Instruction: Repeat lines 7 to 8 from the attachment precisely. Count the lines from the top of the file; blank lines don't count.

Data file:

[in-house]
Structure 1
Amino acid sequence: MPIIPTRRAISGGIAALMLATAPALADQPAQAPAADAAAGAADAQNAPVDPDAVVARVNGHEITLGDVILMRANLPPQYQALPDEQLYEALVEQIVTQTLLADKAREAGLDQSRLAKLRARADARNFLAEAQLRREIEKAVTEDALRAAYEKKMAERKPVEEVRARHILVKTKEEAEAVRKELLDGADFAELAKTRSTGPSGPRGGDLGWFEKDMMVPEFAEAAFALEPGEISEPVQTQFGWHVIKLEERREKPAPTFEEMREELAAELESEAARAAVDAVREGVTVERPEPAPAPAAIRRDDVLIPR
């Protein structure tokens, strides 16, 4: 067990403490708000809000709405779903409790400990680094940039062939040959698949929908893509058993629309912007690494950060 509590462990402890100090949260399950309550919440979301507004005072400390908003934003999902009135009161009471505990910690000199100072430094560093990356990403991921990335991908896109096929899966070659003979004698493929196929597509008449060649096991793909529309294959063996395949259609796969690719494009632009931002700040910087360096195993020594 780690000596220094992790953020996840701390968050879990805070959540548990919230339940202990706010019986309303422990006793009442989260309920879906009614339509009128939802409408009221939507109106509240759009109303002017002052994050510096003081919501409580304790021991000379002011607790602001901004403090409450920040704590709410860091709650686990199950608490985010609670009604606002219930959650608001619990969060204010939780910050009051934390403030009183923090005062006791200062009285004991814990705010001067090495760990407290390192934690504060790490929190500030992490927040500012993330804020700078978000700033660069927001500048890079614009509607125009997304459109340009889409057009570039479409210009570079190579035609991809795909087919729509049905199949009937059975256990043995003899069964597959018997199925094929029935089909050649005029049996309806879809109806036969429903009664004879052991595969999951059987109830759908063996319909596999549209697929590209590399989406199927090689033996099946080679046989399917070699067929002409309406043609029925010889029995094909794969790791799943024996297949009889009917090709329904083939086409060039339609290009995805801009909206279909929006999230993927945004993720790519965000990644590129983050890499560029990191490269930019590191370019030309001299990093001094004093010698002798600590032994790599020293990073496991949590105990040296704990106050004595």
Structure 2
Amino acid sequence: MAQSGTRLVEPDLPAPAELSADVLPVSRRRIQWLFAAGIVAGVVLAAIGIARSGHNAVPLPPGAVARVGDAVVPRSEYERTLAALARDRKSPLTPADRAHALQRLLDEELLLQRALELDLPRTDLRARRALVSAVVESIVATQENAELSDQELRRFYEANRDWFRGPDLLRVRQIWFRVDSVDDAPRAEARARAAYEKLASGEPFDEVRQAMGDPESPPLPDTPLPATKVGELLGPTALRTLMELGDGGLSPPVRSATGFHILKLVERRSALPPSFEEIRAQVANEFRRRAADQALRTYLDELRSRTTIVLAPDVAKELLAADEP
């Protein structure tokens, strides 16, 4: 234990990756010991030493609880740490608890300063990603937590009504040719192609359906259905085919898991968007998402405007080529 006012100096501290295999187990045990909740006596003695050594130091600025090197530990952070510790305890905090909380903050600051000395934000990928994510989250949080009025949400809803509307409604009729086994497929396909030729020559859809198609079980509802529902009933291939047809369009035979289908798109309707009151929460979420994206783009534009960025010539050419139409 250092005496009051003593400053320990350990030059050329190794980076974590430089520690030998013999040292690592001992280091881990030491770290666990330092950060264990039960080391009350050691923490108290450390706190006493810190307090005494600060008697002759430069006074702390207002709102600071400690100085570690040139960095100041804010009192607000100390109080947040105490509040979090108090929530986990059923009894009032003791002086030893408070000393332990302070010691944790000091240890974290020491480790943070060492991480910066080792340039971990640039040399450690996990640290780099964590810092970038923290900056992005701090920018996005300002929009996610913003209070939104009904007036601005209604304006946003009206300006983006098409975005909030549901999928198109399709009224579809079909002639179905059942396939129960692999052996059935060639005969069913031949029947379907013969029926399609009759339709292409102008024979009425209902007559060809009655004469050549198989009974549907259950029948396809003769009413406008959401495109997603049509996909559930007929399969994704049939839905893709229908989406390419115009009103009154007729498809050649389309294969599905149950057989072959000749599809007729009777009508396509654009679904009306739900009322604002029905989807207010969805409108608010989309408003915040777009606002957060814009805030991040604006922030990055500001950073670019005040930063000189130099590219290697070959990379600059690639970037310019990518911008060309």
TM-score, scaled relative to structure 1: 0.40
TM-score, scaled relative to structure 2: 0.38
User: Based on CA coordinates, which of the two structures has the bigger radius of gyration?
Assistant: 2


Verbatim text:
């Protein structure tokens, strides 16, 4: 234990990756010991030493609880740490608890300063990603937590009504040719192609359906259905085919898991968007998402405007080529 006012100096501290295999187990045990909740006596003695050594130091600025090197530990952070510790305890905090909380903050600051000395934000990928994510989250949080009025949400809803509307409604009729086994497929396909030729020559859809198609079980509802529902009933291939047809369009035979289908798109309707009151929460979420994206783009534009960025010539050419139409 250092005496009051003593400053320990350990030059050329190794980076974590430089520690030998013999040292690592001992280091881990030491770290666990330092950060264990039960080391009350050691923490108290450390706190006493810190307090005494600060008697002759430069006074702390207002709102600071400690100085570690040139960095100041804010009192607000100390109080947040105490509040979090108090929530986990059923009894009032003791002086030893408070000393332990302070010691944790000091240890974290020491480790943070060492991480910066080792340039971990640039040399450690996990640290780099964590810092970038923290900056992005701090920018996005300002929009996610913003209070939104009904007036601005209604304006946003009206300006983006098409975005909030549901999928198109399709009224579809079909002639179905059942396939129960692999052996059935060639005969069913031949029947379907013969029926399609009759339709292409102008024979009425209902007559060809009655004469050549198989009974549907259950029948396809003769009413406008959401495109997603049509996909559930007929399969994704049939839905893709229908989406390419115009009103009154007729498809050649389309294969599905149950057989072959000749599809007729009777009508396509654009679904009306739900009322604002029905989807207010969805409108608010989309408003915040777009606002957060814009805030991040604006922030990055500001950073670019005040930063000189130099590219290697070959990379600059690639970037310019990518911008060309």
TM-score, scaled relative to structure 1: 0.40